Over the past three decades, house wrap has become a staple feature on millions of buildings. Wrapping a wood framed building in a protective envelope is a good building practice which helps combat a building’s worst enemies: water, moisture and air infiltration. House wrap behind a building’s siding is an excellent secondary defense against the weather.
House wrap is a weatherization membrane which provides a protective layer under a building’s siding and over the wall girts or sheathing. It is literally wrapped around a building, cut out around windows and doors and taped at the seams.
The unique, nonwoven-fiber structure of house wrap resists air infiltration and water intrusion, yet is engineered to readily allow moisture vapor to diffuse through the sheet, helping prevent mold and mildew buildup and wood rot. The fibrous structure is engineered with microscopic pores which readily allow moisture vapor to evaporate but are so small bulk water and air cannot penetrate. Siding, whether vinyl, wood, stucco, brick, or composite, does not completely prevent air and water penetration. House wrap is designed as a secondary defense to help manage a building’s wall systems.
R-Value ratings for insulation are only maintained as long as the air within the insulation stays still and dry. The Department of Energy estimates nearly 40% of a building’s energy loss is the result of air infiltration caused by wind driven pressures from the outside. The opposing forces of pressure between inside and outside walls cause heat and air conditioning to be virtually sucked from a building– through walls, ceilings, sill plates, sheathing joints, top plates, electrical outlets and every inch of the estimated half-mile of cracks in newly constructed buildings. As air infiltrates, it causes changes in temperature which require heaters or air conditioners to work harder. Constant temperature fluctuations also reduce comfort levels. Occupants feel too cold or too warm. Reducing air infiltration increases a building’s comfort factor.
Insulation can help increase the R-value, but it is only marginally effective in reducing air infiltration. When air infiltrates, the R-value itself can be reduced up to 60%. Adding thicker insulation won’t solve the problem. Stopping air from getting in, will.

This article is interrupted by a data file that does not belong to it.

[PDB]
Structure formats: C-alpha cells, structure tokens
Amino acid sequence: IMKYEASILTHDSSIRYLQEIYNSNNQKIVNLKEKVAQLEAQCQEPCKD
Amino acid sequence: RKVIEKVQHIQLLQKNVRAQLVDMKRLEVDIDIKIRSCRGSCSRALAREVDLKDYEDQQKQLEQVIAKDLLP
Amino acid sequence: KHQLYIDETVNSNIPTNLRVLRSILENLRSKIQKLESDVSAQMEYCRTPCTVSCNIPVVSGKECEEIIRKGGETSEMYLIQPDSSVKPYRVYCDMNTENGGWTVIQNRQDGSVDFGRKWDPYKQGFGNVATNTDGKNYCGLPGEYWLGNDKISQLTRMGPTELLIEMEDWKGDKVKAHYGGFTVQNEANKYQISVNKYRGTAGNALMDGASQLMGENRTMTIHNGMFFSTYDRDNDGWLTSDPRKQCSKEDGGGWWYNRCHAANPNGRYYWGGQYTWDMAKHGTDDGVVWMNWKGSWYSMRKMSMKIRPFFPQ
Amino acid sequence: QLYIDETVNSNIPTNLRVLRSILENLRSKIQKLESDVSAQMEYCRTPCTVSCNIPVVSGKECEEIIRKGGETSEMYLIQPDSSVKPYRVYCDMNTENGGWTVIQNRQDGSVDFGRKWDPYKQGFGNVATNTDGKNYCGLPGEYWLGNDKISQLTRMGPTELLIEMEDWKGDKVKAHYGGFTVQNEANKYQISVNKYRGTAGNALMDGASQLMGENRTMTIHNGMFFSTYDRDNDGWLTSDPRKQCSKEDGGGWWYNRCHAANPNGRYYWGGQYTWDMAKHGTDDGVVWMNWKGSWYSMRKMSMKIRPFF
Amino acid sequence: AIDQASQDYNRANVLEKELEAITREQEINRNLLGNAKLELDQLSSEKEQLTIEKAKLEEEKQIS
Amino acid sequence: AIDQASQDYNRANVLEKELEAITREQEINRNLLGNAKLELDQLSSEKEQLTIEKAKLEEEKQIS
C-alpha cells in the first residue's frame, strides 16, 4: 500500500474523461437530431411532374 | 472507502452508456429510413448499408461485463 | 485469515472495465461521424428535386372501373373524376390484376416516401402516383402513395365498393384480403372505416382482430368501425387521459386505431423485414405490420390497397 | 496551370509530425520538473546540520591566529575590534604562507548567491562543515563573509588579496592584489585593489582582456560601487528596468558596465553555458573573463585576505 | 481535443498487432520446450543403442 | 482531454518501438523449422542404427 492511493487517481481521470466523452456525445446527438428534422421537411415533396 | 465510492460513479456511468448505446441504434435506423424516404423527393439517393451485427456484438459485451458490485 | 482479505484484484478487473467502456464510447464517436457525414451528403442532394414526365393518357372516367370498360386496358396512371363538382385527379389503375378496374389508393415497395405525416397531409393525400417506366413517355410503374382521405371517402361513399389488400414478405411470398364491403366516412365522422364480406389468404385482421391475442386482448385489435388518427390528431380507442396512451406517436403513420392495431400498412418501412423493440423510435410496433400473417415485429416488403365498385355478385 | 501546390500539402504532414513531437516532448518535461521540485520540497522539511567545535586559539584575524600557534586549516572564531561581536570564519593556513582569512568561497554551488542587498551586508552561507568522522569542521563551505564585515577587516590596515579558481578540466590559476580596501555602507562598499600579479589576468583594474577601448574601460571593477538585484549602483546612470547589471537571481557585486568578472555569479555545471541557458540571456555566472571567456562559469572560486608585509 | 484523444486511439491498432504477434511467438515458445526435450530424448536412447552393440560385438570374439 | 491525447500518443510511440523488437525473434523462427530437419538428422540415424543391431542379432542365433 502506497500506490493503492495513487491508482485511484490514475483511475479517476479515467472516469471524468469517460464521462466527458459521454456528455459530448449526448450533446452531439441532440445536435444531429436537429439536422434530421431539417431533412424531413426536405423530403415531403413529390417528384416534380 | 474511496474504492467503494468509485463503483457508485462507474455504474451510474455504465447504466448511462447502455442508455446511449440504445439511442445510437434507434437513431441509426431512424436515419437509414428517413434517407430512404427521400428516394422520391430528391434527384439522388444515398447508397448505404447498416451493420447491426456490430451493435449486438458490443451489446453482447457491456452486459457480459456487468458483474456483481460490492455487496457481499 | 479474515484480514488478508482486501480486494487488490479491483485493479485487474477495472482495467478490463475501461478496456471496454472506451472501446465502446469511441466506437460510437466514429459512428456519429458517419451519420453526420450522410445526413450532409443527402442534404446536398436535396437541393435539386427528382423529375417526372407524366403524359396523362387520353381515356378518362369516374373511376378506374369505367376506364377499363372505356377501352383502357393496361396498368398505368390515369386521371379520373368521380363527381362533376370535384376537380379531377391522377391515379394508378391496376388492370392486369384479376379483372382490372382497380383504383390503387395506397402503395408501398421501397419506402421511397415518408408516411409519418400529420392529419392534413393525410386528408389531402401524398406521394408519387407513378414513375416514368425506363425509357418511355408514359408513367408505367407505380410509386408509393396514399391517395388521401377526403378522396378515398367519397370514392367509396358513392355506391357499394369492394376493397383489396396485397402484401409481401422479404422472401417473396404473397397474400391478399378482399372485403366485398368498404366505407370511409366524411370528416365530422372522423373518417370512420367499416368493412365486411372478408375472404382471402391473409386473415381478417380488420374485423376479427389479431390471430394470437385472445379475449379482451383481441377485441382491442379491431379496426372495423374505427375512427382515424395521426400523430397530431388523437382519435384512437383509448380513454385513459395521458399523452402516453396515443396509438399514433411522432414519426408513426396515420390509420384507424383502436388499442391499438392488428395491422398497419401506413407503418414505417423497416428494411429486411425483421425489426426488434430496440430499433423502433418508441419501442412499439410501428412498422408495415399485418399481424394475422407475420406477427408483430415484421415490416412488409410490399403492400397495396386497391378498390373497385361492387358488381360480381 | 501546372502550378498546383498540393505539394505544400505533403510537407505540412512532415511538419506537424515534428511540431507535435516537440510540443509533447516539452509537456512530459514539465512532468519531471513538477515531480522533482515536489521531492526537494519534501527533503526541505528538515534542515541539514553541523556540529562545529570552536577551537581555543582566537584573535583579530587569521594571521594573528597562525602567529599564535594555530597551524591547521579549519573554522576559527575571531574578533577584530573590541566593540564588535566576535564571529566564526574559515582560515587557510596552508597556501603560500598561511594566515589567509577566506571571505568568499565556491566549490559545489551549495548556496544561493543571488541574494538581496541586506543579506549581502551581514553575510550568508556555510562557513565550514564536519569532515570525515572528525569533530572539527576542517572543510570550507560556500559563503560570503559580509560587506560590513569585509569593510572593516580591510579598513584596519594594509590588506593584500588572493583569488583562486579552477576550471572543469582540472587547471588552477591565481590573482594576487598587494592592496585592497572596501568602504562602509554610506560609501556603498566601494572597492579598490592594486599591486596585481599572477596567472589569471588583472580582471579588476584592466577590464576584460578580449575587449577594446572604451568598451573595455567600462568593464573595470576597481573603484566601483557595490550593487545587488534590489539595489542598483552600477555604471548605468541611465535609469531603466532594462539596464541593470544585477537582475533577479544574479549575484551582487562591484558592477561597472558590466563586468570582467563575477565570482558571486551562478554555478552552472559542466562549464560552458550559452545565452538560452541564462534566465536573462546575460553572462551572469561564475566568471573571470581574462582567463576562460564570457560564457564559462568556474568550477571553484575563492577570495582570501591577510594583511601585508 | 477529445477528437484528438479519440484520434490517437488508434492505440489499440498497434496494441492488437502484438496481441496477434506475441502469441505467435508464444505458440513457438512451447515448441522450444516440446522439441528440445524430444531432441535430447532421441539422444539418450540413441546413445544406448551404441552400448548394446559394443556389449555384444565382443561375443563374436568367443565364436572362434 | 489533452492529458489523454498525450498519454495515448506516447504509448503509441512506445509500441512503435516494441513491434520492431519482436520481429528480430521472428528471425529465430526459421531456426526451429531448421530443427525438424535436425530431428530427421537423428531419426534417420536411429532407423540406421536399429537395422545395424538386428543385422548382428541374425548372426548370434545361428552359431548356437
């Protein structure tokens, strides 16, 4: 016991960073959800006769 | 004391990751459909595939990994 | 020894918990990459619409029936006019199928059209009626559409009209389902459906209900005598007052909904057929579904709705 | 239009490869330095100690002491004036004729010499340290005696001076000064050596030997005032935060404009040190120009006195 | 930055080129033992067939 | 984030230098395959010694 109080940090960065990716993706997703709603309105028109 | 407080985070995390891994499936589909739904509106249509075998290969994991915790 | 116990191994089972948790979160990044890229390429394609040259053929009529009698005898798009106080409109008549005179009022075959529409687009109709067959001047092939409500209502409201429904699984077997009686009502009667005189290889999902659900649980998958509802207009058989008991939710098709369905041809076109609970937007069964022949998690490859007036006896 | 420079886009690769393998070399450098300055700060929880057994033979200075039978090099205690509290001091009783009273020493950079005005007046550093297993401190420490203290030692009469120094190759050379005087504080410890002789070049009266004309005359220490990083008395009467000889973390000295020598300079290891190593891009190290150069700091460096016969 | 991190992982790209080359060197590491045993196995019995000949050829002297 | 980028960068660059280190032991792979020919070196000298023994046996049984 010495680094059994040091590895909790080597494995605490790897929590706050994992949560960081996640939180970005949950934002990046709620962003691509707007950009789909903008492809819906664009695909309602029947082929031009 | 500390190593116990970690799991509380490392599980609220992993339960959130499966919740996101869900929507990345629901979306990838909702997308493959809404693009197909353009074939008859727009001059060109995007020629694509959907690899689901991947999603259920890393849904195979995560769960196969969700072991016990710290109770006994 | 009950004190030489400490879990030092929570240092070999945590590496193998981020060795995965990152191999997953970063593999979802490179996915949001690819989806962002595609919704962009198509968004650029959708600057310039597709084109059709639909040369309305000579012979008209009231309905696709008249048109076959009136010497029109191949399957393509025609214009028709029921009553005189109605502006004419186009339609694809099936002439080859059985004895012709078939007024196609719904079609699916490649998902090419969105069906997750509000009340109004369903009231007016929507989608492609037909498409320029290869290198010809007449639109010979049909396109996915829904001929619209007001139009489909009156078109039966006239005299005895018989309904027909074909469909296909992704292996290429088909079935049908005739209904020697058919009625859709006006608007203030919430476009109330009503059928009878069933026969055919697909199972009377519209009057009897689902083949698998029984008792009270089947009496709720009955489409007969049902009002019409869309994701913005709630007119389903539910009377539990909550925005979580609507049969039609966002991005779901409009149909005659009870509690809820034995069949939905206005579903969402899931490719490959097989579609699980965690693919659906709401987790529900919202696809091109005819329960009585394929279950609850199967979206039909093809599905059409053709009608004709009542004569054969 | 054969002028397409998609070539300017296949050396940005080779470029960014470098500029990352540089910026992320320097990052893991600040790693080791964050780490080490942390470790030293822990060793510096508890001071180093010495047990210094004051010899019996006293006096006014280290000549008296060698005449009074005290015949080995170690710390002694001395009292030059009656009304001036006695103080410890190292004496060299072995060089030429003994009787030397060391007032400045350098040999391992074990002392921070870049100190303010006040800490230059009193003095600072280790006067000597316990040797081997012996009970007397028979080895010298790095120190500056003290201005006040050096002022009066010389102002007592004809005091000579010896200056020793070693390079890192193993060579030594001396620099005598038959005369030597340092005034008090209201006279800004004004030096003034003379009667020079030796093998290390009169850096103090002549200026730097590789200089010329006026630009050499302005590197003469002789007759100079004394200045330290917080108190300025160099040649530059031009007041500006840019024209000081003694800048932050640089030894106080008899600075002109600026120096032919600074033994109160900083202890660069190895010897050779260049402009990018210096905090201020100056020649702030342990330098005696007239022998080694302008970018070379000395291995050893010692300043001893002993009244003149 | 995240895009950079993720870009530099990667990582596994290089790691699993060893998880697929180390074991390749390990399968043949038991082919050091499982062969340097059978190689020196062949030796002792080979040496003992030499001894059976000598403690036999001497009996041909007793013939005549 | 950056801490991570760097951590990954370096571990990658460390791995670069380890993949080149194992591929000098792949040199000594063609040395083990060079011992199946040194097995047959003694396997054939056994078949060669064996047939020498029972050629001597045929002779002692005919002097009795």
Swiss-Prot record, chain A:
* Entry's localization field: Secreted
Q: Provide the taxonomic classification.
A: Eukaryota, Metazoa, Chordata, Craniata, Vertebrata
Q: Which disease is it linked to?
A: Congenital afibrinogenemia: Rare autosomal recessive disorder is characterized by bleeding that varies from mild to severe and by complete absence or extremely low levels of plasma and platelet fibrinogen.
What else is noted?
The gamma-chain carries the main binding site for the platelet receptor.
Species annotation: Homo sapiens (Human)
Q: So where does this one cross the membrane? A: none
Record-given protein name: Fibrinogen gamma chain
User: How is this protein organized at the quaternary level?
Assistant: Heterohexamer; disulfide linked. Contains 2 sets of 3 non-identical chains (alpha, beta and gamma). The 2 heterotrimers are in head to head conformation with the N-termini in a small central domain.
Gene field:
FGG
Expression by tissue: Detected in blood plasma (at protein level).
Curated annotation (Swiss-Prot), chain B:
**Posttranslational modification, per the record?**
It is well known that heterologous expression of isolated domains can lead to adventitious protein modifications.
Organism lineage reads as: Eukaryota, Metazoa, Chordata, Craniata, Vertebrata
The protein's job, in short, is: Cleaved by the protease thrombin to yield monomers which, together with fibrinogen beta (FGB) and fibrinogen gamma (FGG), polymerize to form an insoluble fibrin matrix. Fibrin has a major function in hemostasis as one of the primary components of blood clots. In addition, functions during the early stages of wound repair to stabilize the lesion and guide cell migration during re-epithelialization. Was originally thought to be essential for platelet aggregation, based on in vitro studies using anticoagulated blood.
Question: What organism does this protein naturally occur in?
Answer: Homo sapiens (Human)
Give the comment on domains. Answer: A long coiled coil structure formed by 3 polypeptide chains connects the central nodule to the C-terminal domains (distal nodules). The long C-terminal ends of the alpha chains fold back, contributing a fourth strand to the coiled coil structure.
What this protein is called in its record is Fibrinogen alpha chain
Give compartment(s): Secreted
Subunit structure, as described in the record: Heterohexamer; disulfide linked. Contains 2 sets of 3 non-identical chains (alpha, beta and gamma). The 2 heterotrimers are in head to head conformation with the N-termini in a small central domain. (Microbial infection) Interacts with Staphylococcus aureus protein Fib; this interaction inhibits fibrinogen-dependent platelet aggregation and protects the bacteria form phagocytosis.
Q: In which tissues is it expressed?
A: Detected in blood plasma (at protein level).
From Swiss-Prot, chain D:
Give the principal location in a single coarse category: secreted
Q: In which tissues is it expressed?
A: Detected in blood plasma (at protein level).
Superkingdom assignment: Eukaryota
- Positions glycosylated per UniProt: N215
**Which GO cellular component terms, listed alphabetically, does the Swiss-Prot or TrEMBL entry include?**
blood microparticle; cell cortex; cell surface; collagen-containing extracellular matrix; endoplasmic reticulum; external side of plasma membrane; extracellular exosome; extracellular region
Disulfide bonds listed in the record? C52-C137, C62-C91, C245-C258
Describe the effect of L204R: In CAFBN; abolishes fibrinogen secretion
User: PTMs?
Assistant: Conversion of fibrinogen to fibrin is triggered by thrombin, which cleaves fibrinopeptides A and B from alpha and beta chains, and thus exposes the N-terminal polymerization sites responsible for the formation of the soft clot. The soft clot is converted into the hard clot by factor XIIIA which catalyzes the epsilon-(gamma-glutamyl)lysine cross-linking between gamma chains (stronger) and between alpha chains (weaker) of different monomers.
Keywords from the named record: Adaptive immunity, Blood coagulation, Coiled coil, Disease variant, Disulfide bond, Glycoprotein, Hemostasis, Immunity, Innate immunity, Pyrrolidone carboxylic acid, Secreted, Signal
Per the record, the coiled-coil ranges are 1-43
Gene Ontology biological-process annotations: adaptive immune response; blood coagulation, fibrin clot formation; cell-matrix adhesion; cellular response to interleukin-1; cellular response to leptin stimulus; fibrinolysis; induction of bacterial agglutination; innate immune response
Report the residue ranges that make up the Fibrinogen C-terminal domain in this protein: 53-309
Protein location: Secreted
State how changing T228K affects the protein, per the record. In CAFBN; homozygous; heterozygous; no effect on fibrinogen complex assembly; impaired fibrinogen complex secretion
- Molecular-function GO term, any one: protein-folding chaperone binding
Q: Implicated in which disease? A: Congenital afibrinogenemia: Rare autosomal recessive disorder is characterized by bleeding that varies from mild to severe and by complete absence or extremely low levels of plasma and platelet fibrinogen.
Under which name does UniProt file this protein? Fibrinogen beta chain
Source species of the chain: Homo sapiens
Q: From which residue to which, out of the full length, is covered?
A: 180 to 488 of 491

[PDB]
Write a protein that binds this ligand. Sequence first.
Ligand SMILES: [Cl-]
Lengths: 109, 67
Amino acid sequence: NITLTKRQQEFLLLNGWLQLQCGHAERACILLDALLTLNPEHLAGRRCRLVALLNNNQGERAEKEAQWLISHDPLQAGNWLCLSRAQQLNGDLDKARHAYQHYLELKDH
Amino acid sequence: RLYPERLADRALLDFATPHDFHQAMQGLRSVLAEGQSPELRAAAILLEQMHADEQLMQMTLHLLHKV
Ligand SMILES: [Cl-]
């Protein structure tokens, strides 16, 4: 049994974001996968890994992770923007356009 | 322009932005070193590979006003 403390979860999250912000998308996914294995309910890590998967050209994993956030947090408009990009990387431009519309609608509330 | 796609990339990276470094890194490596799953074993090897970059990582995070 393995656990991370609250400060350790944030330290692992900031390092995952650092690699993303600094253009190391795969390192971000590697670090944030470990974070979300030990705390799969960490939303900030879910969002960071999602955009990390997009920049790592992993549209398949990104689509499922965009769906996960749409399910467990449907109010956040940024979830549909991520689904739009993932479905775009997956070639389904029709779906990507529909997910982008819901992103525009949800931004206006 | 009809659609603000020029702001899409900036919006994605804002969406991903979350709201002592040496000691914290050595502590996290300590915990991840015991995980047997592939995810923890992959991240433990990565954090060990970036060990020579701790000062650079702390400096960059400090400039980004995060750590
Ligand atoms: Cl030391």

Properly applied, house wrap helps reduce air infiltration, preserving R-values, conserving energy, reducing heating costs and creating a more comfortable interior.
The tighter the building, the more comfortable and efficient. Unfortunately, the tighter a home, the more susceptible to moisture problems which can cause mold, mildew and rot. So all systems need to be in balance–designed to manage water and moisture effectively.
There are two main ways water and moisture get into wall systems:
Bulk water intrusion from the exterior (rain and snow) can enter the wall and, if not allowed to dry in a reasonable amount of time, can raise the moisture content of the wood above 30% and cause rotting or mold and mildew.
Air transported moisture occurs when air leaks from the warm side of the wall to the cool side. Warm air will hold higher amounts of moisture than cold air. As warm air travels through a wall heading to the cold side, it will begin to cool and be forced to release moisture. This is called the dew point where condensation will occur. When there is a significant temperature drop across the wall, the dew point will occur somewhere within the wall. In the winter months the point of condensation is usually on the inside surface of the exterior sheathing. Moisture carried by air flow through the wall is deposited at the back side of the sheathing and accumulates. In hot and humid climates where air flow is traveling from the outside to the inside, warm moist air from the outside will be cooled on the way to the air conditioned inside, releasing moisture within the wall cavity. House wrap is a breathable membrane with microscopic pores which allow the moisture vapor to dissipate, helping to dry out a wall system to avoid damage.
Moisture Vapor Transmission Rate or perm rate of a material determines the ability for water vapor to diffuse or evaporate through the wall. The higher the perm rate, the more “breathable” the material is and the easier it is for water vapor to pass through. Materials with Perms below 1 are considered vapor retarders since the rate of moisture vapor flow through a 1 Perm material is so low there is essentially no flow. House wraps have Perm rates in the area of at least 58 Perms which is very open to allow moisture vapor to flow through.
What house wrap is not, is a vapor barrier or an insulation. I’ve seen instances where people have applied house wrap directly between roof purlins and roof steel, in an effort to control condensation. House wrap is quite permeable; any warm moist air which would rise to it will pass through to the underside of the roof steel and condense.
House wrap is great…if used for what it was intended for…a secondary defense against the weather.